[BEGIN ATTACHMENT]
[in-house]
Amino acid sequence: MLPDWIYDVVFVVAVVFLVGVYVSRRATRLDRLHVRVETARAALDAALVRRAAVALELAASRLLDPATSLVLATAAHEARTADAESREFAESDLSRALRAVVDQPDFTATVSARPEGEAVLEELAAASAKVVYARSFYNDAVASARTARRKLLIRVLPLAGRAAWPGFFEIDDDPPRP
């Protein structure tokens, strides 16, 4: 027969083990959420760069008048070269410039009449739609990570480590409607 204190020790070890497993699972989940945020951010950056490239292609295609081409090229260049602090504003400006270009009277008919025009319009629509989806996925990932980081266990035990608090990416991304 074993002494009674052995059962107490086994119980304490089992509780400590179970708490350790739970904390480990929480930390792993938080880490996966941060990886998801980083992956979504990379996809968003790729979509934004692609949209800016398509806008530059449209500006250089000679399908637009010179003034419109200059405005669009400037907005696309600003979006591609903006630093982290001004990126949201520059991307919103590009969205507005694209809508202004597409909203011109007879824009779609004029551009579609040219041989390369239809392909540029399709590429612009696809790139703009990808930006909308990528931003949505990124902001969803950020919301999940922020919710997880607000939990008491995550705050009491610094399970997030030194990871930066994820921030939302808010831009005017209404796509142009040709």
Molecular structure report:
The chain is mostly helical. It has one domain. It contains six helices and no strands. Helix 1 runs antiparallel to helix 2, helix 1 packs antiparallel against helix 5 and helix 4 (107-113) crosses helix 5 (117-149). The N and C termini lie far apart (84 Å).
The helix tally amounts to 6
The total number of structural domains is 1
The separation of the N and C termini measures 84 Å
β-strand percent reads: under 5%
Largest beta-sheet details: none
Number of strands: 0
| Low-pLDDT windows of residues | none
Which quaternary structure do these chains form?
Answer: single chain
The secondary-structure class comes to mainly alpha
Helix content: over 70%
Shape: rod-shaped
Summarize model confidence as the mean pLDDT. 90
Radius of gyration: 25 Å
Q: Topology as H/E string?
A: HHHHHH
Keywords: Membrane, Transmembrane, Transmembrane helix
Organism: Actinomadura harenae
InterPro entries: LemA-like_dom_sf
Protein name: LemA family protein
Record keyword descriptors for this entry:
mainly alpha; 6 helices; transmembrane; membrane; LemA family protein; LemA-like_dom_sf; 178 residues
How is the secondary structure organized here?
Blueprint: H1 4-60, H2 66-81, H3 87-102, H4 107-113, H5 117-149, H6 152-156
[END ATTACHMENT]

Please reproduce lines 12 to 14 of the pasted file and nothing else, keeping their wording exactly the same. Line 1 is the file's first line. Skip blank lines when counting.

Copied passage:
| Low-pLDDT windows of residues | none
Which quaternary structure do these chains form?
Answer: single chain